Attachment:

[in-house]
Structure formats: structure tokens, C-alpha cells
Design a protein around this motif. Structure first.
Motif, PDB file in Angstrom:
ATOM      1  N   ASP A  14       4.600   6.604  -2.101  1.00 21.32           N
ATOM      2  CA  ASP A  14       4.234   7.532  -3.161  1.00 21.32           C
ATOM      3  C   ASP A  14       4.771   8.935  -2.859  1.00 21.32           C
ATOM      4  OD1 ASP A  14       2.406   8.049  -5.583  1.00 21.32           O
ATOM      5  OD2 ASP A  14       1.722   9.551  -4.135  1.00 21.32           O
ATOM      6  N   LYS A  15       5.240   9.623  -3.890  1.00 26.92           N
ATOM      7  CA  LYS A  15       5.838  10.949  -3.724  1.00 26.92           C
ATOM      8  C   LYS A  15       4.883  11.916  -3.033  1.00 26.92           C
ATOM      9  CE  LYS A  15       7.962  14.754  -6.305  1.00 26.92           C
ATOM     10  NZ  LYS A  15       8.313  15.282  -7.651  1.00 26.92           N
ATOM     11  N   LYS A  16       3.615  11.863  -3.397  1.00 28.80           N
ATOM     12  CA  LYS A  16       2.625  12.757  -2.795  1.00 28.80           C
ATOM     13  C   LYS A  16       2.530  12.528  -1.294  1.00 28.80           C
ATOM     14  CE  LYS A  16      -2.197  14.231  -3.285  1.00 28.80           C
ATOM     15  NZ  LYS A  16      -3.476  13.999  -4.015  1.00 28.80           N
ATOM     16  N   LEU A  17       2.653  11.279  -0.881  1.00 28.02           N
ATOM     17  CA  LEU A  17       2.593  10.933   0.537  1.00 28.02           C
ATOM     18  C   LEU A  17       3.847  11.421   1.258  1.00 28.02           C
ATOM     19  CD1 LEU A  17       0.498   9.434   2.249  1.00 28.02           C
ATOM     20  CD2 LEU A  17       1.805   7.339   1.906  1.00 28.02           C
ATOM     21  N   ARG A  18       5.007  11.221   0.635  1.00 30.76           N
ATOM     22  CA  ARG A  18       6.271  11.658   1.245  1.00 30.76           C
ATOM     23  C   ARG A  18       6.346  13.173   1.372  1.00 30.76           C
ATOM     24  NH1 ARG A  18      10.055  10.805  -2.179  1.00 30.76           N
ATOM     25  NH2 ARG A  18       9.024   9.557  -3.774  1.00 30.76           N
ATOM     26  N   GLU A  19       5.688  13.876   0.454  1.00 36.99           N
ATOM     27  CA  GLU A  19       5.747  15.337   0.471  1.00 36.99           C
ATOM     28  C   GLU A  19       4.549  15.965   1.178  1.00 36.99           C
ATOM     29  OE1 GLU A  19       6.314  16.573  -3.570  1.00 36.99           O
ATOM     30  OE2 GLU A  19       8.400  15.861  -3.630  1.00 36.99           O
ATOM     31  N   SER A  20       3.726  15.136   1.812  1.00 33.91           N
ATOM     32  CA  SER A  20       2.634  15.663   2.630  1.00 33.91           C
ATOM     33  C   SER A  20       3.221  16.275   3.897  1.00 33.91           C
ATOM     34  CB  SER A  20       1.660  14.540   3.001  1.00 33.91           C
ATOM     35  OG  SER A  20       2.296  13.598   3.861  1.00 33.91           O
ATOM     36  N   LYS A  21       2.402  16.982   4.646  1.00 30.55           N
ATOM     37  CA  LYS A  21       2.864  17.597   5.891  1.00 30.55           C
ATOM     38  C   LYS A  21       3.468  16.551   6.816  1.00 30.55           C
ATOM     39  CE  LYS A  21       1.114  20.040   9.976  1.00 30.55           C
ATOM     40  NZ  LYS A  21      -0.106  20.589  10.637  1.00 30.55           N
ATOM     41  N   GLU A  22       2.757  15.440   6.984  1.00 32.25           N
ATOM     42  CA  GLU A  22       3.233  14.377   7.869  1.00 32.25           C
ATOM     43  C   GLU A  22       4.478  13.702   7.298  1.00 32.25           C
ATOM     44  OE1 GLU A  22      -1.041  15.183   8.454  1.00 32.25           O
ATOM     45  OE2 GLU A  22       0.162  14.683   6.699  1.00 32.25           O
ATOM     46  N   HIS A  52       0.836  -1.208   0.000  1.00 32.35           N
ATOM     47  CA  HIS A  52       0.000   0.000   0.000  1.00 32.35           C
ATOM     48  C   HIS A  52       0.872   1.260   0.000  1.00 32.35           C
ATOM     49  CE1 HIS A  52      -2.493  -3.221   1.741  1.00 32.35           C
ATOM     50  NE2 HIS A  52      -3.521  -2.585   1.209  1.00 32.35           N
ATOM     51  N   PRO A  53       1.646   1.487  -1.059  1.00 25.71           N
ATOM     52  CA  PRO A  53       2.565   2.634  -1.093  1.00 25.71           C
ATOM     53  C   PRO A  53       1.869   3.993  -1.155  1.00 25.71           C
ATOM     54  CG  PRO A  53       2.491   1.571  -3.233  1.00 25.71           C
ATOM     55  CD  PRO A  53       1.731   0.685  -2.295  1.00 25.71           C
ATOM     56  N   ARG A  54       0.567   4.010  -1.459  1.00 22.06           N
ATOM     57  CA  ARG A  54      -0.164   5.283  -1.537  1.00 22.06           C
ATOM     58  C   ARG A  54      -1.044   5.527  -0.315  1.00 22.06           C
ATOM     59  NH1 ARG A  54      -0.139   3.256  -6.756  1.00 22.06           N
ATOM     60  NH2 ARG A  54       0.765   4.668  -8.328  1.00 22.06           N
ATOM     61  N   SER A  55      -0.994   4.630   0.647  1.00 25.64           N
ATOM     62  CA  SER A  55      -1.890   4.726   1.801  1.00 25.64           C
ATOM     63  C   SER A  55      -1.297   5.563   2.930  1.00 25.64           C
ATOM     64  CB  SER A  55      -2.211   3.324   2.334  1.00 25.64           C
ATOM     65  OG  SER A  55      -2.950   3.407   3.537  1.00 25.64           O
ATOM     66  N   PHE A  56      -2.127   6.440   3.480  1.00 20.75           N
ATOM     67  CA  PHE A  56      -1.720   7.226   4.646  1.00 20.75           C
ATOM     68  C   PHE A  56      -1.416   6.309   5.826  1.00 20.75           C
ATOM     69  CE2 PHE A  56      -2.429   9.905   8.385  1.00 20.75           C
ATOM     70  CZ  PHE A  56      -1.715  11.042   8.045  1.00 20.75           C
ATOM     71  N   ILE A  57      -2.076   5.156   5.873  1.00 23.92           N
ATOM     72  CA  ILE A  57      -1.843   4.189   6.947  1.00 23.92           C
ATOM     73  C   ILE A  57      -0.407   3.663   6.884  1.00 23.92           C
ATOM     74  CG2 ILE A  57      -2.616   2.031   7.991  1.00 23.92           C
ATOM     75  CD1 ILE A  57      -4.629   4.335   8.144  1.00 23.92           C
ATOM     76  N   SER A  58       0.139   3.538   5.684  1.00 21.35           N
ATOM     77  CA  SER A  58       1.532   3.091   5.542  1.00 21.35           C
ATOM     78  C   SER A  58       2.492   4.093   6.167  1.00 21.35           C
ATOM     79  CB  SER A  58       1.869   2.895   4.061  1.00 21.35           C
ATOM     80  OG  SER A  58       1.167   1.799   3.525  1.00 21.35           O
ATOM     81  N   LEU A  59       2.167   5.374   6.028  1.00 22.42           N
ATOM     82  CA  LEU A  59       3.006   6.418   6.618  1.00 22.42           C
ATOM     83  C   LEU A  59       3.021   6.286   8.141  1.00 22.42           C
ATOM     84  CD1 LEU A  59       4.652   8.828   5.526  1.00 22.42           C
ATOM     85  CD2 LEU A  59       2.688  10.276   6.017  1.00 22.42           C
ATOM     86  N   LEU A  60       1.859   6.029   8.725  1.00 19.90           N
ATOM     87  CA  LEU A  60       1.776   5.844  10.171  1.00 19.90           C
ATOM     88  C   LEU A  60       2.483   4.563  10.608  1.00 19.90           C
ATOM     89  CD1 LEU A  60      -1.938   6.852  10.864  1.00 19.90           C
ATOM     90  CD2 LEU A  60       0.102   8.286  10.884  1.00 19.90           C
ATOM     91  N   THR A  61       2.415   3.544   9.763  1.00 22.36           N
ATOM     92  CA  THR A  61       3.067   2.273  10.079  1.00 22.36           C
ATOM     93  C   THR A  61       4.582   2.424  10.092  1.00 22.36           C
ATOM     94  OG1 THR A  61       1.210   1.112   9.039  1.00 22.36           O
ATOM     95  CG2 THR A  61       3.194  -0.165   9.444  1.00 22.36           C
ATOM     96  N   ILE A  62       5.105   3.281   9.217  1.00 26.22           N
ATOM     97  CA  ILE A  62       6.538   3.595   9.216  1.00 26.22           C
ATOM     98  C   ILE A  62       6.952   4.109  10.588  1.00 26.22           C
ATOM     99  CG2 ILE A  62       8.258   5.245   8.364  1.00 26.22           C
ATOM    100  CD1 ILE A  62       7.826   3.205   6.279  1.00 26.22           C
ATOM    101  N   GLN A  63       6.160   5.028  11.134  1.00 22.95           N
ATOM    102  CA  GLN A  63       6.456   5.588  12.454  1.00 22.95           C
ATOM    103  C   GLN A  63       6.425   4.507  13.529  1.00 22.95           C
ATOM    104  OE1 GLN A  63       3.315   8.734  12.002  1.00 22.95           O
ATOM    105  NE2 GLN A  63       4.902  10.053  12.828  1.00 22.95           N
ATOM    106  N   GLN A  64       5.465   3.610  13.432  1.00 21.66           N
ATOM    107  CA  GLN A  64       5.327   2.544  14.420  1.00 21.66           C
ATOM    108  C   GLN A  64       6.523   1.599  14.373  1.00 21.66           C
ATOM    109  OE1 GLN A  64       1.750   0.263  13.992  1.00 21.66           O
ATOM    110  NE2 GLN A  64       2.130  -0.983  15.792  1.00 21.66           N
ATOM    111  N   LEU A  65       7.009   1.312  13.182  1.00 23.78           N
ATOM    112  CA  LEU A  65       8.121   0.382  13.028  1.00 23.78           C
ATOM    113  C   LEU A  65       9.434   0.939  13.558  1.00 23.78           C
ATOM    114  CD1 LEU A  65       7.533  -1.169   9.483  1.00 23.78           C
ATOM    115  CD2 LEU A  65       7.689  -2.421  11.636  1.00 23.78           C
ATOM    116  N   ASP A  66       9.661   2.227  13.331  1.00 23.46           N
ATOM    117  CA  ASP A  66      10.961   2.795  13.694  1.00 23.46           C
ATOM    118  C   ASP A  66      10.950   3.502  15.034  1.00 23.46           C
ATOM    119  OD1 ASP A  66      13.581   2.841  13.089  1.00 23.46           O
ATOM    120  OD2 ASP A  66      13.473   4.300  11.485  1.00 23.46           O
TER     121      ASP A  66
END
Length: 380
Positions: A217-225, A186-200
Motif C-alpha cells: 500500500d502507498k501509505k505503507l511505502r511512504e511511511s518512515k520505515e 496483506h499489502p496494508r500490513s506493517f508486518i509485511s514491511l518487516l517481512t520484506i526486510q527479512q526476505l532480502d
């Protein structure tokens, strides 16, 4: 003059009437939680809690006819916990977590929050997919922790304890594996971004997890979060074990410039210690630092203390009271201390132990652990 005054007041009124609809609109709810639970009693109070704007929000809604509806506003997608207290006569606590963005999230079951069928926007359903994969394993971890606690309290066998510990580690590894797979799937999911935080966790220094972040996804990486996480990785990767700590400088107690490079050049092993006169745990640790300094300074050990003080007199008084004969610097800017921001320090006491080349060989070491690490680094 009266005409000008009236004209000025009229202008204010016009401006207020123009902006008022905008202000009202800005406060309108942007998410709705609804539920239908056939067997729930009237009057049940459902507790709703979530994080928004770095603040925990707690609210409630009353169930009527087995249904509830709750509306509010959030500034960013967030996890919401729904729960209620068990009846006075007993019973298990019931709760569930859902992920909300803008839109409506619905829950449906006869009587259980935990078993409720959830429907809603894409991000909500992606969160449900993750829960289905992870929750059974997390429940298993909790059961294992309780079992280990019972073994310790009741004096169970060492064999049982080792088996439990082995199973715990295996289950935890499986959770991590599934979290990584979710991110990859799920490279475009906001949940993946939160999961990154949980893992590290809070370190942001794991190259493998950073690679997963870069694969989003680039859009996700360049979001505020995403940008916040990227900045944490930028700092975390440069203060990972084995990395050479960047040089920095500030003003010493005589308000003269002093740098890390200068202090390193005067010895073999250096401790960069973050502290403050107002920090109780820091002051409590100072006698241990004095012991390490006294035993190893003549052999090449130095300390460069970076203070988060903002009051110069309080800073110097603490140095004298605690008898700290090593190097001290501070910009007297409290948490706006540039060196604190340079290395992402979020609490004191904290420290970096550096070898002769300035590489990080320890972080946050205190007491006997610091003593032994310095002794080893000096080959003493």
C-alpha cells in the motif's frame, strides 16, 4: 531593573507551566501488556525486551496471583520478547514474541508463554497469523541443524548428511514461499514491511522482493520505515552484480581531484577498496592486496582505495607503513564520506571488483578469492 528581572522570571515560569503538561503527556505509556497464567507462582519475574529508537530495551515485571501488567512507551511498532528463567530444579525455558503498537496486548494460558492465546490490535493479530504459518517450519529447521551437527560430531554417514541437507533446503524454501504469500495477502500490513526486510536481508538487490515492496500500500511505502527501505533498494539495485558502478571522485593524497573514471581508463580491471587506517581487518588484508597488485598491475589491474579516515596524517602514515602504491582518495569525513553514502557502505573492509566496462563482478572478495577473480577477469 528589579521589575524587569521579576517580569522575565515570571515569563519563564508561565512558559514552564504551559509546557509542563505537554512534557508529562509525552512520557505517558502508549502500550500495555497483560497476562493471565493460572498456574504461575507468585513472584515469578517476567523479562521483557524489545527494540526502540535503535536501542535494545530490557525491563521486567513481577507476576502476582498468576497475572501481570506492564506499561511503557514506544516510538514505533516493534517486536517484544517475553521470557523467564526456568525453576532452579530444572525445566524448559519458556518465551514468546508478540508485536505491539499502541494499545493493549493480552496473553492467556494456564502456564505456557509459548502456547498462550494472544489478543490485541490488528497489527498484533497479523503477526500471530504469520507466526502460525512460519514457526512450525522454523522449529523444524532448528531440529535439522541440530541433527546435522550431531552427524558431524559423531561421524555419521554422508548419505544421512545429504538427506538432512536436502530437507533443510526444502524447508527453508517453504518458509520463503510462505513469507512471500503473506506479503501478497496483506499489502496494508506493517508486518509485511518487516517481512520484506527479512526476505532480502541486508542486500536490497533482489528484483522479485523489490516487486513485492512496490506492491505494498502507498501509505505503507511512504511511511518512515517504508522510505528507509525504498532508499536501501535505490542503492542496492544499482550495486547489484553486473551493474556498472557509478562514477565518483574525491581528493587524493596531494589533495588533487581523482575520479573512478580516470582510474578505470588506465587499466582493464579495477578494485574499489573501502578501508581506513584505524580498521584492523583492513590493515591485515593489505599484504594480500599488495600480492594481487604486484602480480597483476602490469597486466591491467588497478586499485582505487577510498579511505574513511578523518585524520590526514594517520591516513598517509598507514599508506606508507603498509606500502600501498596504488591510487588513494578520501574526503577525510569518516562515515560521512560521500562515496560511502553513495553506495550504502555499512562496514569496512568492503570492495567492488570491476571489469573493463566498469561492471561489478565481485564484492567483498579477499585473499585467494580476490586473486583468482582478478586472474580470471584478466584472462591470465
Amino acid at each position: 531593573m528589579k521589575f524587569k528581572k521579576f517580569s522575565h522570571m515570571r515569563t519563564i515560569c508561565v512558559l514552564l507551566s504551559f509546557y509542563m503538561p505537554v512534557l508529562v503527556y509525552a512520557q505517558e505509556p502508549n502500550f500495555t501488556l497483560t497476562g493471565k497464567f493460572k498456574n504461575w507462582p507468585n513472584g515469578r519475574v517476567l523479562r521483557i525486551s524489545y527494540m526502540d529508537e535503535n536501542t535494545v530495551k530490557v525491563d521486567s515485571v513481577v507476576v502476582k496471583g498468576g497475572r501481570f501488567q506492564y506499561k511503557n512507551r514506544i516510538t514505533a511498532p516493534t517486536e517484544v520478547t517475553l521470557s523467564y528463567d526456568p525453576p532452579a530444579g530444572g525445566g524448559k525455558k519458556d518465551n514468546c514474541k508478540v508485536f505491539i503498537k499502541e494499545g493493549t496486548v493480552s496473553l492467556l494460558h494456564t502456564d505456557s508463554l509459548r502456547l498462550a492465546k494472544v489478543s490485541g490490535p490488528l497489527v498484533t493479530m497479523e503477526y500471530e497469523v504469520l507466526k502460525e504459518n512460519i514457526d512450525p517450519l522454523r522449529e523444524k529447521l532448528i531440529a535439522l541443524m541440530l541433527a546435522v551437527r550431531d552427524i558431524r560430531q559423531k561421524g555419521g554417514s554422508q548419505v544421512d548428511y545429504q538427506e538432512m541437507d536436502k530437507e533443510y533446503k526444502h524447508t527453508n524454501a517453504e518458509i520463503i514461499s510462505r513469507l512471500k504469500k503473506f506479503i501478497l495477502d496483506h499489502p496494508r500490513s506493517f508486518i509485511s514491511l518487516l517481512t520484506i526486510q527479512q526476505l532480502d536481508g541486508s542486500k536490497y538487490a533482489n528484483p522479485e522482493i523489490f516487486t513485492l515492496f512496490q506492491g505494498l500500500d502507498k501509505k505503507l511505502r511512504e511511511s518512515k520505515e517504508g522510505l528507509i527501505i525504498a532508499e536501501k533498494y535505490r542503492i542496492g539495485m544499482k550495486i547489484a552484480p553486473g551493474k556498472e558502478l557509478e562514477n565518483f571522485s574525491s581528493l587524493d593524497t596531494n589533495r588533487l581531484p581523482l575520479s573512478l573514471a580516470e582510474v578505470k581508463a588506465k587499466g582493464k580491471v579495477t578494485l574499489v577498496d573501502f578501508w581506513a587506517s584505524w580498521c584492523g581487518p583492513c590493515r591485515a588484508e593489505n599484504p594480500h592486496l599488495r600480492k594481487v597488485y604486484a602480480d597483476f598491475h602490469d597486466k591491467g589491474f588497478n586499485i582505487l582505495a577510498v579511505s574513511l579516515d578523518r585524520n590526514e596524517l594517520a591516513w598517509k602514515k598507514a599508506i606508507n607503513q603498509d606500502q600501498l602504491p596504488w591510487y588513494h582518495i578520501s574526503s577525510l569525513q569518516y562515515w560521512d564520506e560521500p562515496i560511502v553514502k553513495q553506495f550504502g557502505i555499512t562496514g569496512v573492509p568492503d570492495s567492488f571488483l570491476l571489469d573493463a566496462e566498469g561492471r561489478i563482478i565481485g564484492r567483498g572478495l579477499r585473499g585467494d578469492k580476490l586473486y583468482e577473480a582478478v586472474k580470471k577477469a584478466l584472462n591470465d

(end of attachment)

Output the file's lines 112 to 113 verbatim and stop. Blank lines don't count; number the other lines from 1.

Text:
ATOM    108  C   GLN A  64       6.523   1.599  14.373  1.00 21.66           C
ATOM    109  OE1 GLN A  64       1.750   0.263  13.992  1.00 21.66           O